Friday, June 26, 2009

The In-laws

"Family's always embarrassing isn't it?" said Ford to Zaphod as the smoke began to clear.

Ford Prefect to Zaphod Beeblebrox
The Restuarant at the End of the Universe

Lewis Lapham

A son of Lewis A. Lapham and his wife, the former Jane Foster, Lapham was born and grew up in San Francisco. His grandfather Roger Lapham was mayor of San Francisco, and his great grandfather Lewis P. Lapham was a founder of Texaco. He was educated at the Hotchkiss School, Yale University, where he joined the literary society St. Anthony Hall, and Magdalene College, Cambridge.

In 1972, Lapham married Joan Brooke Reeves, the daughter of Edward J. Reeves, a stockbroker and grocery heir, and his wife, the former Elizabeth M. Brooke (formerly the wife of Thomas Wilton Phipps, a nephew of Nancy Astor). They have three children:

Delphina (married Prince Don Bante Maria Boncompagni-Ludovisi)
Andrew (married Caroline Mulroney, a daughter of former Canadian Prime Minister Brian Mulroney)

Harper's Magazine
Lewis Lapham served as editor of Harper's Magazine from 1976 to 2006 (with a hiatus from 1981 to 1983). He was managing editor from 1971 to 1975, after having worked for the San Francisco Examiner and New York Herald Tribune. He is largely responsible for the modern look and prominence of the magazine, having introduced many of its signature features including its famed Harper's Index. He announced that he would become editor emeritus in Spring 2006, continuing to write his Notebook column for the magazine as well as editing a new journal about history, Lapham's Quarterly. Lapham has also worked with the PEN American Center, sitting on the board of judges for the PEN/Newman's Own Award. This February, he will be inducted into the American Society of Magazine Editors' Hall of Fame.

Brian Mulroney

Martin Brian Mulroney, PC, CC, GOQ (born March 20, 1939) was the eighteenth Prime Minister of Canada from September 17, 1984, to June 25, 1993 and was leader of the Progressive Conservative Party of Canada from 1983 to 1993. After retiring from politics, Mulroney resumed his earlier career as a lawyer and business consultant. In May 2009, he testified before the Oliphant Commission called to investigate cash payments from Karlheinz Schreiber which are related to the earlier Airbus scandal.

Early life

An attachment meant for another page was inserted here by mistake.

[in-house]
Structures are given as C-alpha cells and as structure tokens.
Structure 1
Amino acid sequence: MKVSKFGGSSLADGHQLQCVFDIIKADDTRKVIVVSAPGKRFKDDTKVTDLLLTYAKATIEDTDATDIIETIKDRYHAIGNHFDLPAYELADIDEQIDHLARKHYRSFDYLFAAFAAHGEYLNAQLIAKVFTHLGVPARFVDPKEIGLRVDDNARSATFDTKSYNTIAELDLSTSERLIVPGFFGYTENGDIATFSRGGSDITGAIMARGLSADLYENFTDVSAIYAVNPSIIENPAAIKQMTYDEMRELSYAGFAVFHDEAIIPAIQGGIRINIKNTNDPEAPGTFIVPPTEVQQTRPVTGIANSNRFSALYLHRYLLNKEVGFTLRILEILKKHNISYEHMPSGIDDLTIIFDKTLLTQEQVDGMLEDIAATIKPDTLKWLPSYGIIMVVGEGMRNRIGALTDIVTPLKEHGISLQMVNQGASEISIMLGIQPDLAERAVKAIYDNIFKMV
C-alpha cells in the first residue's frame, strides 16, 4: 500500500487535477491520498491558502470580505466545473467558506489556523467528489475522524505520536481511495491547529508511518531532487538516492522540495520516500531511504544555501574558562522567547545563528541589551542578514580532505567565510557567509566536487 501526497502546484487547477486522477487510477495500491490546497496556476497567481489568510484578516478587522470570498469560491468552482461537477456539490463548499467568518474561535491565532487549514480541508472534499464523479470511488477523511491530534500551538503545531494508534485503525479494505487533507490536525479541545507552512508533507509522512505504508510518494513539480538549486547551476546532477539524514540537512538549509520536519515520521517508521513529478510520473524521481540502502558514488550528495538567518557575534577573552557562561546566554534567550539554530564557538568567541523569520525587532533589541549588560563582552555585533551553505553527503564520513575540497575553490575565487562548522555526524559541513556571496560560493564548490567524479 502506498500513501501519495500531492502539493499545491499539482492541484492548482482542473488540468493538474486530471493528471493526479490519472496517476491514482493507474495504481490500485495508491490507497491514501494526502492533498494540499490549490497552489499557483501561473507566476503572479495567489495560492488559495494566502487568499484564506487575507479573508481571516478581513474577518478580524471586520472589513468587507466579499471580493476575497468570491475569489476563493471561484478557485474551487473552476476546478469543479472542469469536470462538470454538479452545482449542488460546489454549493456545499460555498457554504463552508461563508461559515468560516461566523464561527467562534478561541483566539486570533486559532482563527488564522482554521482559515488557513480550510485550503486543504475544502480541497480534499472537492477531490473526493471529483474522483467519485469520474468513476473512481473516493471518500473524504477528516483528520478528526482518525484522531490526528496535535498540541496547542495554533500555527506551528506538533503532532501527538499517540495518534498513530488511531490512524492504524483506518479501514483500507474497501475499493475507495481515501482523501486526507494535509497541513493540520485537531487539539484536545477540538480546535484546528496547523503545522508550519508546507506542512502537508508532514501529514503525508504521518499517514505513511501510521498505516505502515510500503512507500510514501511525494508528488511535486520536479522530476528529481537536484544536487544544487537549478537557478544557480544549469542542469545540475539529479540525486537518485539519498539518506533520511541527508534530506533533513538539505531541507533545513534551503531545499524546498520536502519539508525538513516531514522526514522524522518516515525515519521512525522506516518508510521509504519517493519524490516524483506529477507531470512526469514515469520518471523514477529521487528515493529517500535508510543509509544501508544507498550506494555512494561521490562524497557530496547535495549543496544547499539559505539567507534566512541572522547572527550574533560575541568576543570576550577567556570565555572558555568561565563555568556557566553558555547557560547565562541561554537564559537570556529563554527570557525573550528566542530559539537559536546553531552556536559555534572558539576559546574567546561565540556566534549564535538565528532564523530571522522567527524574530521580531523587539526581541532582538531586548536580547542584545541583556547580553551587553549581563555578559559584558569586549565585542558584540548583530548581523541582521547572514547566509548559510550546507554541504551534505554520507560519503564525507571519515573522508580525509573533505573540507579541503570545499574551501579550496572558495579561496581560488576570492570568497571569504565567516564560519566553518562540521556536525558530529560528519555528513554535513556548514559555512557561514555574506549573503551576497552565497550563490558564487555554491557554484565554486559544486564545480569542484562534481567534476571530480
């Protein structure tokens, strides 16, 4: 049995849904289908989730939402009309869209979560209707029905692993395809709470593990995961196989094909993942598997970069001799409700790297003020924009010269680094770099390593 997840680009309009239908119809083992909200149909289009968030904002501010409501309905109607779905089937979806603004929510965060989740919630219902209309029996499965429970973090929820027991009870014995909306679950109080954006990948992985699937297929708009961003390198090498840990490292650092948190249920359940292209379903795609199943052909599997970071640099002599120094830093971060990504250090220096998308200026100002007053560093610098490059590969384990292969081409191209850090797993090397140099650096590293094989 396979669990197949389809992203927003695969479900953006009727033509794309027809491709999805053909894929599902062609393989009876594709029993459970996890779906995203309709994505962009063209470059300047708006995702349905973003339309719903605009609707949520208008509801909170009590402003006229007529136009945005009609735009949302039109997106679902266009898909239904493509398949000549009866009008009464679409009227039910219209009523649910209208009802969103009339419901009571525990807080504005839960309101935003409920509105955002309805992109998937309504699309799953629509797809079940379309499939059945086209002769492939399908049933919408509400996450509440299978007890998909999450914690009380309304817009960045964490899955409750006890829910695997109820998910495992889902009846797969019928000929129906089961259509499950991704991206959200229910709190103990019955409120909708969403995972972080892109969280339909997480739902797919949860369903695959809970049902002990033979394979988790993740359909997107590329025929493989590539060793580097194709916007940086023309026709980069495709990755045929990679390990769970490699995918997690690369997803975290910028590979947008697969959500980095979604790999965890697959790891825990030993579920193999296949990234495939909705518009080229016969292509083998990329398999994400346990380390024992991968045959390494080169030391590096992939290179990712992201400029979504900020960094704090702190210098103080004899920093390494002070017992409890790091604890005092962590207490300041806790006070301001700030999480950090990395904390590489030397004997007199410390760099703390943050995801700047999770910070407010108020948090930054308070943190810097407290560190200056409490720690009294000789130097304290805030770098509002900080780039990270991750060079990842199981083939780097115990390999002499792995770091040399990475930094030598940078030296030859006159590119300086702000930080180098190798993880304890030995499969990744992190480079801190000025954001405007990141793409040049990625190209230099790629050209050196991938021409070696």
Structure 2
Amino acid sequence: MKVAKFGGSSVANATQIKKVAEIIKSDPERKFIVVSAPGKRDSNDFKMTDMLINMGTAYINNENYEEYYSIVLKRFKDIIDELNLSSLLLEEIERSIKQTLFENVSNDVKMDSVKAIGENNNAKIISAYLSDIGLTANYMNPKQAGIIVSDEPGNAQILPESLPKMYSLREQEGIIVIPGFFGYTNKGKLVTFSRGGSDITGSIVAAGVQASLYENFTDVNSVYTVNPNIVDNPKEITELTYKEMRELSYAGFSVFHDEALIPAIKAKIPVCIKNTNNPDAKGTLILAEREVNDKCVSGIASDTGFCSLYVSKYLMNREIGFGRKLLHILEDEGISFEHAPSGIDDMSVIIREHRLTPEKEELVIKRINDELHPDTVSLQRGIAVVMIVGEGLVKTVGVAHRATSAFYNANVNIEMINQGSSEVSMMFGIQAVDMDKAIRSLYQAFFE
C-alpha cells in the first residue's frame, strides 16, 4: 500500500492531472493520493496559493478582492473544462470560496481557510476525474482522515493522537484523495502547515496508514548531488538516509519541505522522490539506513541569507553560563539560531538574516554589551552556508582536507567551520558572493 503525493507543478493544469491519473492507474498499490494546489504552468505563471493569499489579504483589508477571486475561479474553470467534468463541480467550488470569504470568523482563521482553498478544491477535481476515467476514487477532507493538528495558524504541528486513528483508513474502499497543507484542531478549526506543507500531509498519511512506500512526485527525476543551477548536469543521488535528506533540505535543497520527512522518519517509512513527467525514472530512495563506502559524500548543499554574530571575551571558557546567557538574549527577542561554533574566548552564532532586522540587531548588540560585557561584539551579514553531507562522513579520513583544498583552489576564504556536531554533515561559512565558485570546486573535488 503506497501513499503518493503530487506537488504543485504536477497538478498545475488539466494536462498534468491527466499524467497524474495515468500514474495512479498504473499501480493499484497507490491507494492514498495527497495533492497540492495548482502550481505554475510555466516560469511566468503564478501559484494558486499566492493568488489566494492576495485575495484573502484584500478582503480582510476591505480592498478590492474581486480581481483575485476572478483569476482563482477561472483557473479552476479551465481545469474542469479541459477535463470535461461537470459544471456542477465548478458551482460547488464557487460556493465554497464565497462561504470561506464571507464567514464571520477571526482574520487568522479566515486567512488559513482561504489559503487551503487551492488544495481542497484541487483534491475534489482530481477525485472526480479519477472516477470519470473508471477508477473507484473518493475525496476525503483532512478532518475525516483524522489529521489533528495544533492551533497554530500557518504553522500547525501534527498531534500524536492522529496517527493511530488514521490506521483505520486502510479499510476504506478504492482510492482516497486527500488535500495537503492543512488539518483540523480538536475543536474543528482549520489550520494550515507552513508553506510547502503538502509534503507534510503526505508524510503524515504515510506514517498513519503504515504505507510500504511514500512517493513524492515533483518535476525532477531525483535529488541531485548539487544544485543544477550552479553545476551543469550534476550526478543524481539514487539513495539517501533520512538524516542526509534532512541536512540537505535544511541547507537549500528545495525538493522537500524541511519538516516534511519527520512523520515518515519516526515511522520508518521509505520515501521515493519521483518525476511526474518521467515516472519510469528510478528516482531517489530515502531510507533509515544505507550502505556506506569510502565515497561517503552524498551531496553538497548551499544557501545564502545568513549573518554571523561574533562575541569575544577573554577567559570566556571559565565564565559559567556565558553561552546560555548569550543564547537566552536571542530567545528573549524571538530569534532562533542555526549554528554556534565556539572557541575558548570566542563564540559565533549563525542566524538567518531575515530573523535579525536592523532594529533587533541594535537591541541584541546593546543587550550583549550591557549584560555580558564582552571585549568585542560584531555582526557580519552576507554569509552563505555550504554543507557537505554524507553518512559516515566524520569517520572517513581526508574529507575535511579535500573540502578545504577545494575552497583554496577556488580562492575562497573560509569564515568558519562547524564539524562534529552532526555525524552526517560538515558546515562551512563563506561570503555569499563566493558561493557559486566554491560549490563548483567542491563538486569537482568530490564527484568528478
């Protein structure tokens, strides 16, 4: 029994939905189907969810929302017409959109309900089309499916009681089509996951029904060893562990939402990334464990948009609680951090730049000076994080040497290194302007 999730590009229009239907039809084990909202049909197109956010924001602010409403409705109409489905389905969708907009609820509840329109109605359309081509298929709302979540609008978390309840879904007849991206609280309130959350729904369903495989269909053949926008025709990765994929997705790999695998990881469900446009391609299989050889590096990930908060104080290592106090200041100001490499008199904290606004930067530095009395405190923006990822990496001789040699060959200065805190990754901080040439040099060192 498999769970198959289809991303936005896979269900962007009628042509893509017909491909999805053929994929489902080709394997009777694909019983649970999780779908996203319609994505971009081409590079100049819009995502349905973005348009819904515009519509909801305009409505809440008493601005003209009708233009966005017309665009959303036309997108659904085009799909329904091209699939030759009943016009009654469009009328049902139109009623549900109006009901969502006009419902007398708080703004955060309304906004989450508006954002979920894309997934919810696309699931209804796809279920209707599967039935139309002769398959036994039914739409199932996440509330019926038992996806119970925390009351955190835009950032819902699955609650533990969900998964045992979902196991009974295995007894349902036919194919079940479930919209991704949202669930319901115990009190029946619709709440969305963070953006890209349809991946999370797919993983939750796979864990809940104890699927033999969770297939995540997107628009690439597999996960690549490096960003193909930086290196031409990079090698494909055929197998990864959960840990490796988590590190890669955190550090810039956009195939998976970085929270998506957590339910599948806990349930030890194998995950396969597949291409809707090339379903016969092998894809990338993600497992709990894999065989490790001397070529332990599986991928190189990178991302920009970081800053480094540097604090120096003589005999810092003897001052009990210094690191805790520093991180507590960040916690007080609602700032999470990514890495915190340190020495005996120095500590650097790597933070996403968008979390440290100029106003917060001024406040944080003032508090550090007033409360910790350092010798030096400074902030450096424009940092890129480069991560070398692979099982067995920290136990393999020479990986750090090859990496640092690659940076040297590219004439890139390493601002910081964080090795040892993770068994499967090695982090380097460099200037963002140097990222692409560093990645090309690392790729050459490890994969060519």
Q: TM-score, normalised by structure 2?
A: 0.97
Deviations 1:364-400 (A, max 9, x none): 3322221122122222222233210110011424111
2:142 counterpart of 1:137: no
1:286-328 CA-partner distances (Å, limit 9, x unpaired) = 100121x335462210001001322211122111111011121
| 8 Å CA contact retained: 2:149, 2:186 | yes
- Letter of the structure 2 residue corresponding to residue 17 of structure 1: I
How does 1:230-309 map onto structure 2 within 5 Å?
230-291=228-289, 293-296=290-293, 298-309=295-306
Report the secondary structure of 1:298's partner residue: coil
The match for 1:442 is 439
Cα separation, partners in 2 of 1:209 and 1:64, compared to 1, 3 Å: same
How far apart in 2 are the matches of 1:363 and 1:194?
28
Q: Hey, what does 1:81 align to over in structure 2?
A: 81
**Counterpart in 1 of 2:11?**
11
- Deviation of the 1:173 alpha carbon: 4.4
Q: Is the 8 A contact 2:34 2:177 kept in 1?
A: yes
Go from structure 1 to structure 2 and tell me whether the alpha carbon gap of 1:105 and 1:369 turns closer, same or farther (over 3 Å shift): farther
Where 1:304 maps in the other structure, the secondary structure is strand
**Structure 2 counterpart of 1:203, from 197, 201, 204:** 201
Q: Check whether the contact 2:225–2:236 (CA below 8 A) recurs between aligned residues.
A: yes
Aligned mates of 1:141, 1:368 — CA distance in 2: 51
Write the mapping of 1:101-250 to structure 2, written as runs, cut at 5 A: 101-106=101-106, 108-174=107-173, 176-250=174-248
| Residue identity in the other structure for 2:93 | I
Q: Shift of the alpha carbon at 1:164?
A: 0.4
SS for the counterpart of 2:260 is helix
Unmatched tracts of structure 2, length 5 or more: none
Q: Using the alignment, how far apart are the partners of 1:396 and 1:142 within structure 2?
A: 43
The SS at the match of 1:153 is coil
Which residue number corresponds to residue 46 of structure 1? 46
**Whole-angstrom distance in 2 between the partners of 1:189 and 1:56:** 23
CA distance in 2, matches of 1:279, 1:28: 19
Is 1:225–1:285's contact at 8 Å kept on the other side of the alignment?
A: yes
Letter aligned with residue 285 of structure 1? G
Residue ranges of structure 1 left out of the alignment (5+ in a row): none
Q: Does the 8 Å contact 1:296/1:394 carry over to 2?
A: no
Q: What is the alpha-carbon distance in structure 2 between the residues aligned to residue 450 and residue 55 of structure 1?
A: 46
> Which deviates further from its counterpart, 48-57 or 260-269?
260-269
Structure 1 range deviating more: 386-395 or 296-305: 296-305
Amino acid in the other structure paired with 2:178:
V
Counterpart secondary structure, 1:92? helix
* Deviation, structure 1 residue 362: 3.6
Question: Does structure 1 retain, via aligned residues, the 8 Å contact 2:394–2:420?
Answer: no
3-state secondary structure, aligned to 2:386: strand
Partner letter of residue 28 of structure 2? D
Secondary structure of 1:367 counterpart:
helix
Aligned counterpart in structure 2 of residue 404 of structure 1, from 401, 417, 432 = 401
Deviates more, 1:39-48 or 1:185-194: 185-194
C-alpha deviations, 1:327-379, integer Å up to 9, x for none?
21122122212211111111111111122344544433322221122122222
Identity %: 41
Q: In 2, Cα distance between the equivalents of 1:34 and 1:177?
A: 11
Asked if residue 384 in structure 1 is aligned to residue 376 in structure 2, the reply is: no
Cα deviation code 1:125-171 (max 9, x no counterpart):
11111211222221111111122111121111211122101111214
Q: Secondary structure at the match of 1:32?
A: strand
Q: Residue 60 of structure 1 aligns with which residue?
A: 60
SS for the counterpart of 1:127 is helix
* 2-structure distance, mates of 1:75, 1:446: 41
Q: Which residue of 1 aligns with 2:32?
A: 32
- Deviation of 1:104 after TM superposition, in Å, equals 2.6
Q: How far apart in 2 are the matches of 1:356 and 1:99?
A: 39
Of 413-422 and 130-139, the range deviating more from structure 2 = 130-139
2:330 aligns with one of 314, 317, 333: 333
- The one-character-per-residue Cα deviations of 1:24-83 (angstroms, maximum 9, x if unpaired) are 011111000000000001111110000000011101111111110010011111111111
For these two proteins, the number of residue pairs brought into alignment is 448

Mulroney was born in Baie-Comeau, Quebec, an isolated lumber town in the eastern part of the province. He is the son of Irish Canadian Catholic parents, Benedict and Irene (O'Shea) Mulroney. Benedict Mulroney was a paper mill electrician. The family had six children who survived infancy. Since there was no English Catholic high school in Baie-Comeau, Mulroney completed his high school education at a Roman Catholic boarding school in Chatham, New Brunswick operated by St. Thomas University (in 2001, St. Thomas University named its newest academic building in his honour). Money was very tight in the family. Benedict Mulroney worked extra shifts and ran a repair business on the side to earn extra money to fund his children's educations, and he encouraged his oldest son to go to university.

Mulroney would frequently tell stories about newspaper publisher Robert R. McCormick, whose company had founded Baie-Comeau. Mulroney would sing Irish songs for McCormick, and the publisher would slip him $50. He grew up speaking English and French fluently.

On May 26, 1973, he married Mila Pivnički, the daughter of a Serbian doctor, Dimitrije Mita Pivnički, from Sarajevo. The Mulroneys have four children: Caroline, Benedict (Ben), Mark and Nicolas. Ben is a CTV media personality and the most recent host of Canadian Idol.

In 1991, Frank magazine ran a satirical ad for a contest inviting young Tories to "deflower Caroline Mulroney," the then-Prime Minister's oldest child. The magazine took the position that they were simply saying in a satirical fashion that Mulroney was using his daughter as a prop. Many groups and commentators joined Mulroney in denouncing the ad as an incitement to rape, although it did not advocate using force to accomplish the act.

On September 16, 2000, Caroline Mulroney married Andrew Lapham, the son of Harper's editor Lewis H. Lapham. Among the 400 guests were many dignitaries and business leaders, including former US President George H. W. Bush and Barbara Bush, Queen Noor of Jordan, Prince Alexander of Yugoslavia and his Greek-born wife Katherine, Dino Goulandris, Galen Weston and Ontario Lieutenant-Governor Hilary Weston, former talk show host Kathie Lee Gifford, and media magnate Ted Rogers. She is currently associate director of the Stern School of Business at New York University, having graduated there with a law degree.

Mulroney is the grandfather of Lewis H. Lapham III, and twins Pierce Lapham and Elizabeth Theodora Lapham.

Wednesday, June 24, 2009

Fisking the BBC


"The blogosphere term fisking refers not to Fisk directly, but to what is done to those who, like him, are being challenged — the fisker begins by copying text from the fiskee, and then produces an interlinear critique pointing out flaws and raising doubts. "The fisker can without too much trouble make the fiskee look ridiculous." The term originated from partisan attacks on Fisk's credibility, but has been extended to others, even the Archbishop of Canterbury."